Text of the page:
Sibling Rivalry

For some reason, when it comes to the sports of boxing and mixed martial arts, there continues to be an acrimonious rivalry. Not only does the rivalry exist between the powers that run each sport, but it is also among the fans of each sport. But why?

 

Why do boxing fans try to push the ill-conceived and totally false notion that MMA is simply legalized barbarism? Can 44 U.S. states be wrong? By the way, come on Alaska, Connecticut, New York, West Virginia, Wyoming, and Vermont!

 

Why is it that MMA fans like to insist that boxing is their grandfather’s sport, when every time Manny Pacquiao or Floyd Mayweather fight (maybe someday against each other, we can only hope), it’s a bigger and more talked about event than any MMA card ever put together?

 

Instead of trying to put the other sport down to make one stand taller, why not look at what each sport can learn from the other, so that BOTH can continue to grow across an ever-changing sports and entertainment landscape.

 

As a fan of each sport, and a boxing announcer for Showtime’s Shobox: The New Generation series, I can think of many good reasons why we all should get along. More importantly, I can also see a few places where each sport can help the other out, increasing the reach across the sports spectrum.

 

BOXING NEEDS TO REALIZE THAT IT CAN’T THRIVE IF THE FANS CAN’T SEE IT.

 

Exposure has been a huge part of MMA’s success. Sure, when it comes to big MMA fights, they’re often on pay-per-view, but that’s after the fighters have become household names due to MMA’s exposure across various television networks, which allows folks who don’t have premium channels to get to know and grow attached to fighters.

 

Where is that in boxing? There is no television channel you can turn on to catch a legitimate future boxing champion unless you have pay cable (Showtime and HBO). Even as recently as the 1980s, when newly inducted Hall of Famer Mike Tyson was coming up, you could watch him on ABC. That drew you to him, allowed you to know him, and eventually pay for his fights. That strategy is what MMA has used to get fights on CBS, Spike TV, HDNet, and Versus.

 

MMA ENTITIES NEED TO ALLOW THEIR FIGHTERS TO BECOME INDEPENDENT BUSINESSMEN.

 

Part of the reason that Mayweather and Pacquiao are so popular is because they are able to market themselves. They can appear wherever/whenever they see a business opportunity, thus taking a needed step in making themselves household names. Because the UFC has all their fighters under strict contracts—owning the fighter’s likeness and virtually all of their rights—it makes going solo impossible.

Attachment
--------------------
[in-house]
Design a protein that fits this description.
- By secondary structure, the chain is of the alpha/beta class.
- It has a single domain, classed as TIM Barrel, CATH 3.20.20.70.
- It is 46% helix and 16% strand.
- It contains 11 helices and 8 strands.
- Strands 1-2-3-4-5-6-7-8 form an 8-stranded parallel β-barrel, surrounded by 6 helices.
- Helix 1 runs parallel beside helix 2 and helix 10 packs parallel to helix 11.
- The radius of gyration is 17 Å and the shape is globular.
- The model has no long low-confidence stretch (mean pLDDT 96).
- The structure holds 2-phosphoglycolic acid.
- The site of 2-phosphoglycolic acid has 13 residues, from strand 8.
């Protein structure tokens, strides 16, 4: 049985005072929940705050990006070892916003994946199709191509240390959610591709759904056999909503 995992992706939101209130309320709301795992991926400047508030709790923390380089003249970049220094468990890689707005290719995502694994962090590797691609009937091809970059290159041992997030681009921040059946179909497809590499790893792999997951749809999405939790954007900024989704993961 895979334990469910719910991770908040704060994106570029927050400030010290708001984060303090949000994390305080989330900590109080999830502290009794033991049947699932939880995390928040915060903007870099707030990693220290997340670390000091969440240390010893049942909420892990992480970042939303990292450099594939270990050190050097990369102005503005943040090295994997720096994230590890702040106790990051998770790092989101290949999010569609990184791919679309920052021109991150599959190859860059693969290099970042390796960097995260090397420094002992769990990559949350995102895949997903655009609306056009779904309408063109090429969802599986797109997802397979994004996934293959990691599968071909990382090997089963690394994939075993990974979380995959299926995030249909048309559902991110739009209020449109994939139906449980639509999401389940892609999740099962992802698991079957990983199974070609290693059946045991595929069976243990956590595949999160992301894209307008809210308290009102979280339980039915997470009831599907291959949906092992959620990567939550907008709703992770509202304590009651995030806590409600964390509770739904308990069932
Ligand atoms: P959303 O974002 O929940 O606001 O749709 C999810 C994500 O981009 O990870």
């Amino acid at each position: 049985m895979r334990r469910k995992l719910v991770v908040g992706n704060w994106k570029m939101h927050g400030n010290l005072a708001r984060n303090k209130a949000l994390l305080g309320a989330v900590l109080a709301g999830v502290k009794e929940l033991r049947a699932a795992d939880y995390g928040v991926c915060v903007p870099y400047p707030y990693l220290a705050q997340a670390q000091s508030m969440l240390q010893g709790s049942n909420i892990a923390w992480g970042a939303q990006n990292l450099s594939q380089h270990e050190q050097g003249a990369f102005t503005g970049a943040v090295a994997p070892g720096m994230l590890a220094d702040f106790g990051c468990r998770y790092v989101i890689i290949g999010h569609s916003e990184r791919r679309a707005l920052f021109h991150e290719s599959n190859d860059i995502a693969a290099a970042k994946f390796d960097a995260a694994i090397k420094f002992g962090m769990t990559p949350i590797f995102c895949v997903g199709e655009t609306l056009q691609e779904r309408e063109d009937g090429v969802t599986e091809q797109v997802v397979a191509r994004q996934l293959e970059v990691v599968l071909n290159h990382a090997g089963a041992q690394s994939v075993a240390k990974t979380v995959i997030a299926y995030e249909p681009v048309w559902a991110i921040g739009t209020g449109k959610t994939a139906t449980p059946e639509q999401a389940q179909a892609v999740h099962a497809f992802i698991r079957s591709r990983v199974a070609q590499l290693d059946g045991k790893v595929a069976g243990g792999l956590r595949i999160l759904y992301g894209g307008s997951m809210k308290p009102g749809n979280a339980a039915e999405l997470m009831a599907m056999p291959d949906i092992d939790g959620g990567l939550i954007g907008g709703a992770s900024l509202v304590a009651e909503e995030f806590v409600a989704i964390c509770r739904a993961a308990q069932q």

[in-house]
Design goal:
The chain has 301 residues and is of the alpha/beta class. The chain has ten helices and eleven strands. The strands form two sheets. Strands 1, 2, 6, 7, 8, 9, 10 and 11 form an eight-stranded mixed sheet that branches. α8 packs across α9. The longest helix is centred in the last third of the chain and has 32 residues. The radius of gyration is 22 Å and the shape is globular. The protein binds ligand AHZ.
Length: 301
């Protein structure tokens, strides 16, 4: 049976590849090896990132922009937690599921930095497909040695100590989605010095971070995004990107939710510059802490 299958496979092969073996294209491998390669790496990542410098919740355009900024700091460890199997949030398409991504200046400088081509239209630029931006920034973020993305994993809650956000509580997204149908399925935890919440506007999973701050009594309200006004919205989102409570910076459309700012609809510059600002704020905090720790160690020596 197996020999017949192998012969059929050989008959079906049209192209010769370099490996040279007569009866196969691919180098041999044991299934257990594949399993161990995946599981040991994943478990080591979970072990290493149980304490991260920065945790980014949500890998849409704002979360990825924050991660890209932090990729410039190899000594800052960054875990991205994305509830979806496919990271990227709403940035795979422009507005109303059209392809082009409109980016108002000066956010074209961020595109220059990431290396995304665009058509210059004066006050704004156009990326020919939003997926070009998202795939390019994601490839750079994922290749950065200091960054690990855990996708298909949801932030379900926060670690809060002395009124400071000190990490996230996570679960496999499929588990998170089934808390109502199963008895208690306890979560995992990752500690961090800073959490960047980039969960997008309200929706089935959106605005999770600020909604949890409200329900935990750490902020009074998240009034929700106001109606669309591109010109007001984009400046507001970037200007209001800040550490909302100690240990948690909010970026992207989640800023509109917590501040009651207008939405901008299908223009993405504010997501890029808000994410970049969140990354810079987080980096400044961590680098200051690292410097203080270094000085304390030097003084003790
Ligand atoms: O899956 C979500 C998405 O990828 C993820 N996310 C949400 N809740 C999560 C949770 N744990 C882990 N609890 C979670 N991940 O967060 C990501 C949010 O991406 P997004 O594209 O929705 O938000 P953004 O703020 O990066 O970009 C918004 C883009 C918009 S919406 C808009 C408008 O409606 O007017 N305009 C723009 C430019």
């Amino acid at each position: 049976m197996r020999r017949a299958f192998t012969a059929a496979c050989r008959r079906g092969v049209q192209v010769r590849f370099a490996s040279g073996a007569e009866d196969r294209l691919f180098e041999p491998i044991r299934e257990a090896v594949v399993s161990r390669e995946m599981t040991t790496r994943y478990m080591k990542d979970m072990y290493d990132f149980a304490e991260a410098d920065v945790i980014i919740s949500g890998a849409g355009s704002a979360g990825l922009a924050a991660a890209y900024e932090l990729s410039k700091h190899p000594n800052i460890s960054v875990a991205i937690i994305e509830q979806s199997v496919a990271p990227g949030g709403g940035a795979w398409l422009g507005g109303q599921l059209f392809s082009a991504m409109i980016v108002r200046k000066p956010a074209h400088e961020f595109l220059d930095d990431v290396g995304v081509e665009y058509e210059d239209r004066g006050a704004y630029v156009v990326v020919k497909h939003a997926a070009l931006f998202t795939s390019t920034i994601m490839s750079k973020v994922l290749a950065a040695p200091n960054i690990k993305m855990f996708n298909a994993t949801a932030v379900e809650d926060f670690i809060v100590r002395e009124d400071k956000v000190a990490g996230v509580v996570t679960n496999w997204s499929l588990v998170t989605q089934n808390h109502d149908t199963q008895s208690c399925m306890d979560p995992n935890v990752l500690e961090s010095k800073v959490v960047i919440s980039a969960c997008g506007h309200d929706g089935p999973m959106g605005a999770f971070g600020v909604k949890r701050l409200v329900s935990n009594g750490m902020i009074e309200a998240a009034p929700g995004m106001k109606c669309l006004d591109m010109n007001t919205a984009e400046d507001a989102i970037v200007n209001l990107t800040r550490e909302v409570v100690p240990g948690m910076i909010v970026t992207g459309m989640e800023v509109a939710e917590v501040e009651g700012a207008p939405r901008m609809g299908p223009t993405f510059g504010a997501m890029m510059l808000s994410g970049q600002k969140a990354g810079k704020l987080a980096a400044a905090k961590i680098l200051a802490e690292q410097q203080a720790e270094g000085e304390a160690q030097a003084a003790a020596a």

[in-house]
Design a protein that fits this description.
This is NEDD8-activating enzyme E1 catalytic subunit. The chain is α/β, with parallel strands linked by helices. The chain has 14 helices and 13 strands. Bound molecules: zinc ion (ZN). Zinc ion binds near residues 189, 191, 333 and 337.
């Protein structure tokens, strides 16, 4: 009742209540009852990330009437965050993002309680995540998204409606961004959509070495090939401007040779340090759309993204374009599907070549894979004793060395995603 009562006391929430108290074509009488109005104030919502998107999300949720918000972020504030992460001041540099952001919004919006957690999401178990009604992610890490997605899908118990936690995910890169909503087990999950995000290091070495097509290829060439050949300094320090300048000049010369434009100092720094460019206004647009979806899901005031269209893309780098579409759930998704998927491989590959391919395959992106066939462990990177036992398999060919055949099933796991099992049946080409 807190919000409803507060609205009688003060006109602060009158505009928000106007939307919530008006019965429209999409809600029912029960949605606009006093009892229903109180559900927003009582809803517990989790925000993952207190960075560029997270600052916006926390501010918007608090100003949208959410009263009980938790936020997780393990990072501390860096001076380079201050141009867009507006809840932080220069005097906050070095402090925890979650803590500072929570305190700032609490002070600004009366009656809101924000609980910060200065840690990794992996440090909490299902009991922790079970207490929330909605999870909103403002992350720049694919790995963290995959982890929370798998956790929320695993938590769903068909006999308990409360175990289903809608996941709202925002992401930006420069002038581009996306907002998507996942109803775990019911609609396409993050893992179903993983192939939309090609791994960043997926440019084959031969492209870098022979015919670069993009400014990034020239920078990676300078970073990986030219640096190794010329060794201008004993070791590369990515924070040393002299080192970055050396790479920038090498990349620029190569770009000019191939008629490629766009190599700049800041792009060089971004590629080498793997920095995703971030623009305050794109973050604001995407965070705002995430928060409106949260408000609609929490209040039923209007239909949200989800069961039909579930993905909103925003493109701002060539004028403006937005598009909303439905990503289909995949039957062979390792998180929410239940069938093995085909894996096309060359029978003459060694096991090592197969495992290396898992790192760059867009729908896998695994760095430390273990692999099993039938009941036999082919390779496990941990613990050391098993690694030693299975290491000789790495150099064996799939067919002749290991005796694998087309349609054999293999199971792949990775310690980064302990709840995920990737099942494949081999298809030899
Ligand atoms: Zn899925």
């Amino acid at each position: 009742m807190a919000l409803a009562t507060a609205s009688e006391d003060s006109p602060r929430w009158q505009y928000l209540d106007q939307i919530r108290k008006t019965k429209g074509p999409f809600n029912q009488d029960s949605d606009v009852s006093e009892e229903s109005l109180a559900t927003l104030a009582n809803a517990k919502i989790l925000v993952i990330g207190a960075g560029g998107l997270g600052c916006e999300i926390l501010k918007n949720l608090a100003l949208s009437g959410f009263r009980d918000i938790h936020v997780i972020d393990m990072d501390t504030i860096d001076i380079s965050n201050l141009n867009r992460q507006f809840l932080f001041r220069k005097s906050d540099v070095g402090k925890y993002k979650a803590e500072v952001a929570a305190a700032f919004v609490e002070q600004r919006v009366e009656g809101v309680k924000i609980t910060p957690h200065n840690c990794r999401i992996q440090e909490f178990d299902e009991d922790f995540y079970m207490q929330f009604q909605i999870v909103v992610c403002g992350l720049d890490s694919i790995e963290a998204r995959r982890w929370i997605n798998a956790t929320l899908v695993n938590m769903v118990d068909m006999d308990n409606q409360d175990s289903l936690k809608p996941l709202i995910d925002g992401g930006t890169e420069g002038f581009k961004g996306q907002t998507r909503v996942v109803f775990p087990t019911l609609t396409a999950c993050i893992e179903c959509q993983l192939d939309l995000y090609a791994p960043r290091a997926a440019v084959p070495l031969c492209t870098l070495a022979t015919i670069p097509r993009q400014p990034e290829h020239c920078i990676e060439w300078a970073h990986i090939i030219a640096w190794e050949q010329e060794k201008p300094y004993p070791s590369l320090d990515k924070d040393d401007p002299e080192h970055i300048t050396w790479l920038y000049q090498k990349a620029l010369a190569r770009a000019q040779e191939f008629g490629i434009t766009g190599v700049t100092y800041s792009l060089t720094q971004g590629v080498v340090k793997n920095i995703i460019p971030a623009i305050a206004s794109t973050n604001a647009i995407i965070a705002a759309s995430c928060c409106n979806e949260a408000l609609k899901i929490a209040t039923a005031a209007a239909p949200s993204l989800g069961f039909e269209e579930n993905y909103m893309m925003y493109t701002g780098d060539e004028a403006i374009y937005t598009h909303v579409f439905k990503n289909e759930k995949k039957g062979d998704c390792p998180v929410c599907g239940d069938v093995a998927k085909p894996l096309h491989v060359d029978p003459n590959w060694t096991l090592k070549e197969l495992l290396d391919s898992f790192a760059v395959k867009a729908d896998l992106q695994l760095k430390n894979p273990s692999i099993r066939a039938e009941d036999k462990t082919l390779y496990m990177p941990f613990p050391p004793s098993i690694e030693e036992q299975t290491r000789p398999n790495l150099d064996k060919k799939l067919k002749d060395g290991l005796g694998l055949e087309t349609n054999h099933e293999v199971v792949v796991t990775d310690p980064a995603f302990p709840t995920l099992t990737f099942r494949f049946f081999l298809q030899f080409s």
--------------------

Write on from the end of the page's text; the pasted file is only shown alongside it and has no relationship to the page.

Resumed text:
It also keeps their fighters from making the really big cash. Practically no MMA fighters make a seven-figure salary, not even some of the elite. That certainly isn’t the case when it comes to the top levels of boxing, where even with bad promoters, the top guys still get paid.

 

BOXING HAS TO MAKE AN ENTIRE FIGHT CARD WORTH WATCHING.

 

Nearly every major MMA card features a night of 10 bouts that fans want to see. Boxing cards still feature too many unexciting matchups on the under cards of the main event.

 

BOXING MUST FIND A WAY TO BRAND ITSELF OUTSIDE OF THE SPORT.

 

One of the reasons MMA got into the mindset of younger fans was its use of clothing brand tie-ins to market the sport. Brands such as Affliction and TapouT were founded with the sole purpose of having cool looking, affordable clothing that fans liked to wear.

 

This idea is also part of why you see fans wearing NFL, NBA, MLB, and NHL gear on the street on a daily basis. Fans simply like the clothing that markets to the sport they love.

 

MMA SCORING SHOULD REWARD THE FIGHTER WHO DELIVERS MORE PUNISHMENT EACH ROUND.

 

In boxing, a dominant round—especially if it includes a knockdown—can be scored 10-8, thusly crediting the aggressive boxer. In MMA, a fighter gets no more advantage on the judges’ scorecards for pressing the action and beating up his opponents than the opposition does for sitting on him once he’s on the canvas.

 

In effect, a fighter can win a bout by laying on his opponent for two rounds, even though he gets completely battered for one round. To change this would be fairer to the participants and more exciting to the fans who want to see action, not stalemates.

 

Hey, these are just a few thoughts from a fan of both boxing and MMA who would love to see all of us getting along.

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